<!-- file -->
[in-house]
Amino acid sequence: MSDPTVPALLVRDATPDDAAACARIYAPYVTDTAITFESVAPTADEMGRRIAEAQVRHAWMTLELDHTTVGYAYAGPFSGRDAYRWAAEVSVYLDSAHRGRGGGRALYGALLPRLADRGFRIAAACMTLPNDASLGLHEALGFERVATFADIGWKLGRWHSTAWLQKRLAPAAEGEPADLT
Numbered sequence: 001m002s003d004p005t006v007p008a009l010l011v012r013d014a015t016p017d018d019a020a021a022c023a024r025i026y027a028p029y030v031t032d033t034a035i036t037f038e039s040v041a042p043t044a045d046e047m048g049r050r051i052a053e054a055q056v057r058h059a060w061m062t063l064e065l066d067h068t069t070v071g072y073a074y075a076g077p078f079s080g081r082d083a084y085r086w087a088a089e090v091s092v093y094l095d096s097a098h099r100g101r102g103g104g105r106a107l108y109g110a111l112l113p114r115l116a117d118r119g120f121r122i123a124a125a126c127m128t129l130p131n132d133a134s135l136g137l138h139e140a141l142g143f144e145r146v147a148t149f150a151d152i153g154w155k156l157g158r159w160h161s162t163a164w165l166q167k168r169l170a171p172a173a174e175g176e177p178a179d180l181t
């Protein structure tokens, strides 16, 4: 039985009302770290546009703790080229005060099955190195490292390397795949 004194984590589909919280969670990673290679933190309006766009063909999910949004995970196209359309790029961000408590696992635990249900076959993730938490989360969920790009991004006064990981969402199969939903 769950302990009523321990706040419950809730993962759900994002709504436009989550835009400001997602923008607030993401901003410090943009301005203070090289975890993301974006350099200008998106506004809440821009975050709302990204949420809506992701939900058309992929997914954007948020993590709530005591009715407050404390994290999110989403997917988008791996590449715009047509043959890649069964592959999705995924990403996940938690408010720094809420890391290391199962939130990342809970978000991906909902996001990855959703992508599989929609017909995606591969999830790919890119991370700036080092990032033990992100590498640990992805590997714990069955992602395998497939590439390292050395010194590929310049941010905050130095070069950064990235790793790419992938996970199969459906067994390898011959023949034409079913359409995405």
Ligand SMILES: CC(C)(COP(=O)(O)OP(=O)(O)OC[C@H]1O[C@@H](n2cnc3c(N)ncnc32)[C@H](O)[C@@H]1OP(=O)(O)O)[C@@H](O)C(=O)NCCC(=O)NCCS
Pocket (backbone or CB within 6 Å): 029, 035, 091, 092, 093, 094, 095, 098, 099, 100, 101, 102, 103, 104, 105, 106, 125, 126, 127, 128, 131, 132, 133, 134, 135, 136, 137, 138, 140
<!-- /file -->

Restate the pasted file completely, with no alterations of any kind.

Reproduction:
[in-house]
Amino acid sequence: MSDPTVPALLVRDATPDDAAACARIYAPYVTDTAITFESVAPTADEMGRRIAEAQVRHAWMTLELDHTTVGYAYAGPFSGRDAYRWAAEVSVYLDSAHRGRGGGRALYGALLPRLADRGFRIAAACMTLPNDASLGLHEALGFERVATFADIGWKLGRWHSTAWLQKRLAPAAEGEPADLT
Numbered sequence: 001m002s003d004p005t006v007p008a009l010l011v012r013d014a015t016p017d018d019a020a021a022c023a024r025i026y027a028p029y030v031t032d033t034a035i036t037f038e039s040v041a042p043t044a045d046e047m048g049r050r051i052a053e054a055q056v057r058h059a060w061m062t063l064e065l066d067h068t069t070v071g072y073a074y075a076g077p078f079s080g081r082d083a084y085r086w087a088a089e090v091s092v093y094l095d096s097a098h099r100g101r102g103g104g105r106a107l108y109g110a111l112l113p114r115l116a117d118r119g120f121r122i123a124a125a126c127m128t129l130p131n132d133a134s135l136g137l138h139e140a141l142g143f144e145r146v147a148t149f150a151d152i153g154w155k156l157g158r159w160h161s162t163a164w165l166q167k168r169l170a171p172a173a174e175g176e177p178a179d180l181t
């Protein structure tokens, strides 16, 4: 039985009302770290546009703790080229005060099955190195490292390397795949 004194984590589909919280969670990673290679933190309006766009063909999910949004995970196209359309790029961000408590696992635990249900076959993730938490989360969920790009991004006064990981969402199969939903 769950302990009523321990706040419950809730993962759900994002709504436009989550835009400001997602923008607030993401901003410090943009301005203070090289975890993301974006350099200008998106506004809440821009975050709302990204949420809506992701939900058309992929997914954007948020993590709530005591009715407050404390994290999110989403997917988008791996590449715009047509043959890649069964592959999705995924990403996940938690408010720094809420890391290391199962939130990342809970978000991906909902996001990855959703992508599989929609017909995606591969999830790919890119991370700036080092990032033990992100590498640990992805590997714990069955992602395998497939590439390292050395010194590929310049941010905050130095070069950064990235790793790419992938996970199969459906067994390898011959023949034409079913359409995405």
Ligand SMILES: CC(C)(COP(=O)(O)OP(=O)(O)OC[C@H]1O[C@@H](n2cnc3c(N)ncnc32)[C@H](O)[C@@H]1OP(=O)(O)O)[C@@H](O)C(=O)NCCC(=O)NCCS
Pocket (backbone or CB within 6 Å): 029, 035, 091, 092, 093, 094, 095, 098, 099, 100, 101, 102, 103, 104, 105, 106, 125, 126, 127, 128, 131, 132, 133, 134, 135, 136, 137, 138, 140